Israeli Opera: Die Zauberflöte (The Magic Flute)

The Magic Flute/Photo: Magda Hueckel

Joyous and magical, the artistry of Suzanne Andrade and Barrie Kosky’s Die Zauberflöte (The Magic Flute) conveys the playful, fantastic spirit of Mozart’s opera. Merging animation with live performance, the artistry and jubilant creativity of Paul Barritt’s hand-drawn animation creates an imaginative world onstage, and the soloists – with impeccable timing, fearless agility and enchanting performances – become part of that world. It’s a production that embraces the freedom to create within Mozart’s world, and it’s so much fun!

The Magic Flute/Photo: Magda Hueckel

The imagery evokes the era of silent films, with characters reminiscent of the figures of that time – Papageno recalls Buster Keaton in his dress and manner, while Monostatos reminds one of Nosferatu. The three ladies are dressed in typical 20s attire, with fur-collared coats and stylish hats. A distinctive aspect of this production, referencing silent films, is the rendering of sung-spoken dialogue as intertitles, in suitably ornamented script, accompanied by piano interludes, performed by the opera’s conductor, Nimrod David Pfeffer. For some, this might be taking freedom a step too far, yet if you can overcome the shock and relax into this wild ride, Andrade and Kosky’s Die Zauberflöte is a thrilling experience.

To fully understand what is meant by merging animation with live performance, you really need to see the opera – I strongly recommend it! But I’ll try to convey a sense of the mechanics and art. Mechanics first. A gigantic white wall stands on the stage, and the images are projected there. Within the wall there are revolving panels that can swivel open, revealing the character of the moment. Many of these are set quite high up, with the intrepid soloist standing on a rather narrow pedestal. I have been informed that they are also secured, so that there is no danger of falling. Still, it’s quite a brave feat to stand up there and sing, and even be funny!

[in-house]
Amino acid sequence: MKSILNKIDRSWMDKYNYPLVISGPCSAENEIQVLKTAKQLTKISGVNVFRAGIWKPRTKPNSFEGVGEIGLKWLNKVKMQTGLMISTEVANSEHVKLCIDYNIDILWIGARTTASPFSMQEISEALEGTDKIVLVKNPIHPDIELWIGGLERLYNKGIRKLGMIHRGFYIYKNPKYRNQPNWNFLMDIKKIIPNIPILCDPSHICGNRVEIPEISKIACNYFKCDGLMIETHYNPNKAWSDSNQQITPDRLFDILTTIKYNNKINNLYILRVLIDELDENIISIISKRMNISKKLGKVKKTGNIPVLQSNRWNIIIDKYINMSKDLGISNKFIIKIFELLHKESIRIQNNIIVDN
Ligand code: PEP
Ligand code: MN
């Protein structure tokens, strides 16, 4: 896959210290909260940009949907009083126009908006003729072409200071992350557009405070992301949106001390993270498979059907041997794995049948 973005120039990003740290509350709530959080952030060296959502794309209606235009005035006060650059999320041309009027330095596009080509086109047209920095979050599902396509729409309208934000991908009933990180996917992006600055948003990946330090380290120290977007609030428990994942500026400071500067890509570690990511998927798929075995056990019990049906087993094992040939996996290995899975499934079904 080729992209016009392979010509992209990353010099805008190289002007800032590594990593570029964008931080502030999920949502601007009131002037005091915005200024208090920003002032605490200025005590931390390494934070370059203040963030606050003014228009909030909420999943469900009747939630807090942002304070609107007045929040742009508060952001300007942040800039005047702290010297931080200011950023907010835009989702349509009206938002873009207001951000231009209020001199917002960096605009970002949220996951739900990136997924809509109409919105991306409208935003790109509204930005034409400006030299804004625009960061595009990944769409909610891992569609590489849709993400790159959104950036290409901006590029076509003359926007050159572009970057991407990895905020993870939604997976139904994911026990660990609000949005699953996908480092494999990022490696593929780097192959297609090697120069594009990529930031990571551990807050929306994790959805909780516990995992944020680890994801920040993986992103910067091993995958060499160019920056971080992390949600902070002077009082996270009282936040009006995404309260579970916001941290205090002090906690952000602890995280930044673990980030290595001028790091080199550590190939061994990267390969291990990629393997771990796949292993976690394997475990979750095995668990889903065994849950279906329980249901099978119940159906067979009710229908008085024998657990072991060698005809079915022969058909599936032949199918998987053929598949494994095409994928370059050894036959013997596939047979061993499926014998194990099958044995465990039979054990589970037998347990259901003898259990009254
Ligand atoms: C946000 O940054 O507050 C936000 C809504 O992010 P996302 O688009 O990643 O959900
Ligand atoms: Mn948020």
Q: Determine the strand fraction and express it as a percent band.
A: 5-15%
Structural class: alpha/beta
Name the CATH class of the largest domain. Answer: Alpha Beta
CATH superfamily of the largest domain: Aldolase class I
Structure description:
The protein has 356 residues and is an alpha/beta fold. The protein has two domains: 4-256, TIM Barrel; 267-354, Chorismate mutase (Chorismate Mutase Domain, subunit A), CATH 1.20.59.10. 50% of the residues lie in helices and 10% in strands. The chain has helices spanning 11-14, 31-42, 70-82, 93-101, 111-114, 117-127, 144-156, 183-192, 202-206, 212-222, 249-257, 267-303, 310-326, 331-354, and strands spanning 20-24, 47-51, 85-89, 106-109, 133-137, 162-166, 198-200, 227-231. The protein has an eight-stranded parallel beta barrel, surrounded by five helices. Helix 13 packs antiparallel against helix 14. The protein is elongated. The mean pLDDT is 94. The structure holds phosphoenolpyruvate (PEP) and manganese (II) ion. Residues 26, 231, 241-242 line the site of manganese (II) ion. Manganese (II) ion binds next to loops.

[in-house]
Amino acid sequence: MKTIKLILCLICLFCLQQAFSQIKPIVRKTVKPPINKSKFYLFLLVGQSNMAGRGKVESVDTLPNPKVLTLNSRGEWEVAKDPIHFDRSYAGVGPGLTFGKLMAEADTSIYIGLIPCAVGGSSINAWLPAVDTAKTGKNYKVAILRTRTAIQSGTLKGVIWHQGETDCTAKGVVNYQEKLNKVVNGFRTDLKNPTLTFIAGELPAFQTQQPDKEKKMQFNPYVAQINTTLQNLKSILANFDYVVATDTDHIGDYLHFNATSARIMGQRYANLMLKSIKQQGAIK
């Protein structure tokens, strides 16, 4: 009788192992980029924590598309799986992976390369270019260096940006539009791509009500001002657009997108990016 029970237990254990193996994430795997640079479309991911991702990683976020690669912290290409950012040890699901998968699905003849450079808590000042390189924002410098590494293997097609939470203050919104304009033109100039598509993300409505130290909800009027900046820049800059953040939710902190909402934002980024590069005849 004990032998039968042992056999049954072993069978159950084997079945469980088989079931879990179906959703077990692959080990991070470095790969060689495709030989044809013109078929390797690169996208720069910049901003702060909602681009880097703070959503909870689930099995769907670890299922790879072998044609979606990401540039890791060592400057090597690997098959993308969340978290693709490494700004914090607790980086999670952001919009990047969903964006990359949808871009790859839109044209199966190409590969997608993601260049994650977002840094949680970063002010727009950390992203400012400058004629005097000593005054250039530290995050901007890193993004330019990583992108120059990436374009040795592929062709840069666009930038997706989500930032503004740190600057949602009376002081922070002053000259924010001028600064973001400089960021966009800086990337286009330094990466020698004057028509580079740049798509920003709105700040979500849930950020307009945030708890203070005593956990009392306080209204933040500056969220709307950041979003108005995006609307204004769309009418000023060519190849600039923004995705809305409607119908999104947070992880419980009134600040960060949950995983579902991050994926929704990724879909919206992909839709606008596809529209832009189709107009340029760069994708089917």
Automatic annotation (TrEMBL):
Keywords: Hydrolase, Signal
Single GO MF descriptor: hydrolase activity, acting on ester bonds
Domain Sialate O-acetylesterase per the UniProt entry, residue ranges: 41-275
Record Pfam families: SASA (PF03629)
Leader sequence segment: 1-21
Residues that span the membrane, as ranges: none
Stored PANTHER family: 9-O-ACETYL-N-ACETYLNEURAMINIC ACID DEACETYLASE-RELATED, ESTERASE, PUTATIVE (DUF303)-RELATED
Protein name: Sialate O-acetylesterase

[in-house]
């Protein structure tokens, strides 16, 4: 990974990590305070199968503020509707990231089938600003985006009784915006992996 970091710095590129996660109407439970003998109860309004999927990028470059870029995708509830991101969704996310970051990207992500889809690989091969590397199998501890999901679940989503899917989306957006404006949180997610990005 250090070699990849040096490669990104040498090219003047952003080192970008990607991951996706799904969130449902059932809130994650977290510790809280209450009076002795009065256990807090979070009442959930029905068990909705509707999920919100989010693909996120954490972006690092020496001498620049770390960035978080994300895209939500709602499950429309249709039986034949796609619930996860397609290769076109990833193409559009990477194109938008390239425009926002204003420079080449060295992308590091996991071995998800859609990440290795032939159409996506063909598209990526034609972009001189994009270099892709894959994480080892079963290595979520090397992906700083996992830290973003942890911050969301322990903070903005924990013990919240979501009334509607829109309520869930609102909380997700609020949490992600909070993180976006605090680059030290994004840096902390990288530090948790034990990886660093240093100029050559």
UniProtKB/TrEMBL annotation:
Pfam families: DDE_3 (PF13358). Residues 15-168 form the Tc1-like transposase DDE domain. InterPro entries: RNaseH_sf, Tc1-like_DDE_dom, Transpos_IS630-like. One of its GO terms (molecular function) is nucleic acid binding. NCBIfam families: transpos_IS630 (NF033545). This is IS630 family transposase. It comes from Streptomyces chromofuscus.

The Magic Flute/Photo: Magda Hueckel

The art is amazing! The total immersion of the soloists within the animation is even more amazing. The opera begins with an exciting chase scene as Tamino is pursued by a dragon. Rescued by the three ladies, these lovelies, perched high above Tamino, do not fail to notice the allure of this handsome young man. Each lady professes her attraction, as a throbbing, red, cartoon heart – anatomically drawn – appears above her head. It’s cute and funny, and becomes even more amusing as the central lady pokes at the others’ hearts with her cigarette holder, popping them like balloons. And that’s just the beginning… The visual references are many and diverse, from steam-punk inspired characters to Dumbo-like pink elephants and monkeys, albeit sans wings, that reminded me of the Wizard of Oz. It’s a visual extravaganza, a carnival of aesthetic pleasure that conveys what is for me, the ultimate message of Die Zauberflöte: the power of music.

Performances of Die Zauberflöte will run through November 17, 2021. Tickets may be ordered online from the Israeli Opera website:

Die Zauberflöte

Conductor: Nimrod David Pfeffer; Directors: Suzanne Andrade, Barrie Kosky; Revival Director: Erik Friedman; Animation: Paul Barritt; Concept 1927 (Suzanne Andrade, Paul Barritt) and Barrie Kosky; Set and Costume Designer: Esther Bialas; Lighting Designer: Eyal Levi Sharon

Soloists (November 4): Tamino – Aaron Blake, First Lady – Elinor Sohn, Second Lady – Tal Bergman, Third Lady – Hagar Sharvit, Papgeno – Oded Reich, Queen of the Night – Beate Ritter, Monostatos – Anthony Webb, Pamina – Alla Vasilevitsky, First Girl – Neomi Ben Shachar, Second Girl – Sophie Sahano, Third Girl – Yael Benacerraf, Sarastro – Taras Berezhansky, First Armed Man – Oshri Segev, Second Armed Man – Yair Polishook, Papgena – Tal Ganor

The Israeli Opera Chorus – Chorus Master Assaf Benraf, The Opera Orchestra – The Israel Symphony Orchestra Rishon LeZion, Interludes on the Piano – Nimrod David Pfeffer

Duration: approx. 2 hours and 45 minutes, including one intermission

A production of the Komische Oper Berlin

Opening event of the Opera Season donated by Sara and Professor Michael Sela